Multi-Messenger Connections among High-Energy Cosmic Particles
July 24, 2019
July 02, 2021
The origin of high-energy cosmic neutrinos is one of the biggest mysteries in astroparticle physics. The fact that diffuse intensities of high-energy neutrinos, ultrahigh-energy cosmic rays, and GeV-TeV gamma rays are all comparable suggests that these messengers are physically connected. The IceCube data above 100 TeV energies can be naturally explained by cosmic-ray reservoir models. In particular, starburst galaxies and galaxy clusters/groups serve as natural storage rooms of cosmic rays, and it has been theoretically predicted that these sources are promising sites of high-energy neutrinos and gamma rays that are produced via inelastic pp interactions. Indeed, the predictions made before the discovery of IceCube neutrinos are consistent with the current high-energy neutrino data measured in IceCube, and that they could give a grand-unified view of sub-PeV neutrinos, sub-TeV gamma rays, and ultrahigh-energy cosmic rays. These unified models have strong prediction powers, which can be tested by next-generation neutrino detectors such as IceCube-Gen2 as well as gamma-ray telescopes such as CTA. The recent observations have also shown that the 10-100 TeV diffuse neutrino flux is higher than that at PeV energies, which suggests that they come from a different class of neutrino sources. The detailed comparison with the diffuse isotropic gamma-ray background measured by Fermi has revealed that these medium-energy neutrinos are likely to come from hidden cosmic-ray accelerators, from which neutrinos can escape while GeV-TeV gamma rays are attenuated. The candidate source classes are choked gamma-ray burst jets and active galactic nuclei cores. In particular, the model of radio-quiet active galactic nuclei predicts a unique connection between 10-100 TeV neutrinos and MeV gamma rays, which can be robustly tested with future MeV gamma-ray missions such as AMEGO.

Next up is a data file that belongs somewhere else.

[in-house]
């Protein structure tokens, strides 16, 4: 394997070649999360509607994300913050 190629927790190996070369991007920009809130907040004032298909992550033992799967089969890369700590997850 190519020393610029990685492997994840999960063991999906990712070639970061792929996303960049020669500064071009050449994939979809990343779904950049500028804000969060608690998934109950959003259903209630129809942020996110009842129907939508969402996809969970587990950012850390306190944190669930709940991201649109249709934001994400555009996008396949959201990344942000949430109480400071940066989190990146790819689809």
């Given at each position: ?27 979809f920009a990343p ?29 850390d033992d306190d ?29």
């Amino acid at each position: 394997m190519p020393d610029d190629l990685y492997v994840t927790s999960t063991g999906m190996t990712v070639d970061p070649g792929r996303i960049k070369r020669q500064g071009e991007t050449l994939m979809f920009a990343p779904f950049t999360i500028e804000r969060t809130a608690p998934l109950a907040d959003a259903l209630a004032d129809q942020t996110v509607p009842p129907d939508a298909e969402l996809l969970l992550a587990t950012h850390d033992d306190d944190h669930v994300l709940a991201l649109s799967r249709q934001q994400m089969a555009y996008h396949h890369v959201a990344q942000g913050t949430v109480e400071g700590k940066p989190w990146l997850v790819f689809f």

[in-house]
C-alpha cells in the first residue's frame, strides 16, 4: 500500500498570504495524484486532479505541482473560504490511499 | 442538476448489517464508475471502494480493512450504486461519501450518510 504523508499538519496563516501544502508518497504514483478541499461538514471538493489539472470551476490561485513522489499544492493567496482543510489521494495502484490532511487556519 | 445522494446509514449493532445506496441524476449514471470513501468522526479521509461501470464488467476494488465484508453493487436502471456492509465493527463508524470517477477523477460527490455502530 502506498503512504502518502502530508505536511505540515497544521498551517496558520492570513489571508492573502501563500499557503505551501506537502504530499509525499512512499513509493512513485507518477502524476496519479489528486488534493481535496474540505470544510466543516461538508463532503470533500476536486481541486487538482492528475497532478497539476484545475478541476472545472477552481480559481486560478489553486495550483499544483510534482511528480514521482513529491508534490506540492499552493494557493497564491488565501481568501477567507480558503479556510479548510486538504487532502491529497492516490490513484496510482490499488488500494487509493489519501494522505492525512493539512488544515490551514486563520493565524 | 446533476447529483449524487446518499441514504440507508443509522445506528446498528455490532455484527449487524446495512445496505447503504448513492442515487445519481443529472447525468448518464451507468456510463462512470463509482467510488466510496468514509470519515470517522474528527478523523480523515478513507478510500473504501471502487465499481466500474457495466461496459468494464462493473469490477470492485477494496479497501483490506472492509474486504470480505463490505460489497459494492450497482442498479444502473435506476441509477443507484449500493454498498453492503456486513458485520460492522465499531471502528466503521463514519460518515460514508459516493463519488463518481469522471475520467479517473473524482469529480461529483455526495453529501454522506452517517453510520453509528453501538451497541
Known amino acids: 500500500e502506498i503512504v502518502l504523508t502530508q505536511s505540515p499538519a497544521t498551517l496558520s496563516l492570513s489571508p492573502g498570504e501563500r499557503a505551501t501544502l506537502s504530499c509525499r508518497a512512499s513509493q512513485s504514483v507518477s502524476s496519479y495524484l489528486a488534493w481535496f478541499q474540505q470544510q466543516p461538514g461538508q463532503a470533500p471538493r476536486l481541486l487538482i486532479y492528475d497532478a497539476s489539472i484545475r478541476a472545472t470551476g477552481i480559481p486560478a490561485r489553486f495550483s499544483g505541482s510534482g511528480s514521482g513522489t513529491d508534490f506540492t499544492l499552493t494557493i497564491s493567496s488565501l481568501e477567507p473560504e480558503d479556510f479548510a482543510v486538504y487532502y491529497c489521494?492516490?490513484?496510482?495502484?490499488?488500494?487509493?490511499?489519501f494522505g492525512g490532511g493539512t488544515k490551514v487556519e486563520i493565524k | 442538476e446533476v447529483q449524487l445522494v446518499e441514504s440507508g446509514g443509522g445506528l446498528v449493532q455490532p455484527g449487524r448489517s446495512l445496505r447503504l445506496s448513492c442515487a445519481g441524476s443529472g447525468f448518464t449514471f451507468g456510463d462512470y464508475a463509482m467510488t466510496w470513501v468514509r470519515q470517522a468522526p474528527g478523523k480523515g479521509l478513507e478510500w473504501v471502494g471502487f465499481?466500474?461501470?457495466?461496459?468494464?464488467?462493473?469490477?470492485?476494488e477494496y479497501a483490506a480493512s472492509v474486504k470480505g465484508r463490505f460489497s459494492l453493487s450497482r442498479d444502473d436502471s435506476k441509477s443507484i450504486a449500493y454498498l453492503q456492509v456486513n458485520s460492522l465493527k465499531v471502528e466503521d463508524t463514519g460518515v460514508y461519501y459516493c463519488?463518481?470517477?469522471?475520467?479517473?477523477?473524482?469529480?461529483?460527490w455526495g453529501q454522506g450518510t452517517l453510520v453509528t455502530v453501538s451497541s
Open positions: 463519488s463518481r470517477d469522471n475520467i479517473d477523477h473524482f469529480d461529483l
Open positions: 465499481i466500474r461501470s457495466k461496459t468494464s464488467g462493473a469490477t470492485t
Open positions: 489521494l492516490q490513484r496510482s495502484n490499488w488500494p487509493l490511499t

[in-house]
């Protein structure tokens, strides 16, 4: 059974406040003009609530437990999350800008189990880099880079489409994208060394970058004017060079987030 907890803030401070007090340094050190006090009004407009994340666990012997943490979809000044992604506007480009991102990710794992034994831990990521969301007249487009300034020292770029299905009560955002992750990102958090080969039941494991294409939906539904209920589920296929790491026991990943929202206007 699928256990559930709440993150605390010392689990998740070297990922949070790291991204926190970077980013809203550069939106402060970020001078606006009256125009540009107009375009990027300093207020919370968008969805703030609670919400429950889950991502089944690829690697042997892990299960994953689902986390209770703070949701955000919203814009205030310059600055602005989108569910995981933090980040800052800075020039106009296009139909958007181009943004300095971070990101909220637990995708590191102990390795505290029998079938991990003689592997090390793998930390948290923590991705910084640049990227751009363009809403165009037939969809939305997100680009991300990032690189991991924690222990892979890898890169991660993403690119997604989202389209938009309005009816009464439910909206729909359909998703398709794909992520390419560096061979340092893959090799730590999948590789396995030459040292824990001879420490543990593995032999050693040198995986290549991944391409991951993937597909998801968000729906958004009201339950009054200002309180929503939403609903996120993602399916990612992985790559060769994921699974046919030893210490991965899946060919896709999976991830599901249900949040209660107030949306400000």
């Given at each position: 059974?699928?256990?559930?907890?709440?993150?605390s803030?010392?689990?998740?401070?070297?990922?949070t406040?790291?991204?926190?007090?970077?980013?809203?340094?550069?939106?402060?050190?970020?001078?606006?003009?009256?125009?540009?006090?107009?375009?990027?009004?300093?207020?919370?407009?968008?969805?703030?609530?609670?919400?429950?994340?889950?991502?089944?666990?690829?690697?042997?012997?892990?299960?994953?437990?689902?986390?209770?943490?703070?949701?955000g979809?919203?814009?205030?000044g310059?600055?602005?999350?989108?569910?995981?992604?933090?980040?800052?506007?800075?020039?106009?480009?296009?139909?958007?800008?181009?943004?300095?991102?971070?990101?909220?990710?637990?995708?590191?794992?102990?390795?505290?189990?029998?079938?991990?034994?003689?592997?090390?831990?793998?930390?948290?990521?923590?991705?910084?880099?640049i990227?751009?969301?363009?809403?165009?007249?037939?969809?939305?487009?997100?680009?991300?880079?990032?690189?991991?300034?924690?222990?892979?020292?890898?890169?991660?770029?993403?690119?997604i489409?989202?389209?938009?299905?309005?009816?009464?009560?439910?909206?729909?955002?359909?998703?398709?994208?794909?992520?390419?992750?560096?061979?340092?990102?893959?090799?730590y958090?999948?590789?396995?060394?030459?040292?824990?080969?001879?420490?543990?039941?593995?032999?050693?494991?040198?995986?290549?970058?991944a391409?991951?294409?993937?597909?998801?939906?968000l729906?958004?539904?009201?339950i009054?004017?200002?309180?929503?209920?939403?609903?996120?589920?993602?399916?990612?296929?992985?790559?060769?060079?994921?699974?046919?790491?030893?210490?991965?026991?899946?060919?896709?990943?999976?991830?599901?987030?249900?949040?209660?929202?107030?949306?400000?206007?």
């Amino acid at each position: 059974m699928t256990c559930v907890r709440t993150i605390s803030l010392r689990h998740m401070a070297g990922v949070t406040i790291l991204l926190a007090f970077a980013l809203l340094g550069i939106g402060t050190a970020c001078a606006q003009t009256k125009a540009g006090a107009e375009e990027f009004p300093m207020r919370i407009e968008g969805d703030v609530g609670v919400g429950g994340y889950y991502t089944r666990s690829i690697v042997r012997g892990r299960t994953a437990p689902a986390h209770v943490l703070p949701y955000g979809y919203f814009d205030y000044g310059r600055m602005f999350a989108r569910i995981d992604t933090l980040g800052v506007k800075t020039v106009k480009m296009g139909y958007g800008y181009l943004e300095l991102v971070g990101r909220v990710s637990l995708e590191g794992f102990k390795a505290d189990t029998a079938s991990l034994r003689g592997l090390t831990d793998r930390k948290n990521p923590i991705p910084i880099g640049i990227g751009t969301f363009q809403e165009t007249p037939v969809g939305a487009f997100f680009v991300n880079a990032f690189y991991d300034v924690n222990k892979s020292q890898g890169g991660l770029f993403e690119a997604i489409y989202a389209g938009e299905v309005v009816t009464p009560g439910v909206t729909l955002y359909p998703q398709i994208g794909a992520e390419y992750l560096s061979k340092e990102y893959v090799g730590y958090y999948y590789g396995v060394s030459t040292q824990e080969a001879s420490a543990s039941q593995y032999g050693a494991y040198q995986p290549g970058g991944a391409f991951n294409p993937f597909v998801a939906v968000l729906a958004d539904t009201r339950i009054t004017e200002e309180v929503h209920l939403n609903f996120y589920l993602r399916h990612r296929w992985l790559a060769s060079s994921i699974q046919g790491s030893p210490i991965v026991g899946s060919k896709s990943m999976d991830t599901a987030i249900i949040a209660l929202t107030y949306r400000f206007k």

How to cite
Metadata are provided both in "article" format (very similar to INSPIRE) as this helps creating
very compact bibliographies which can be beneficial to authors and
readers, and in "proceeding" format
which is more detailed and complete.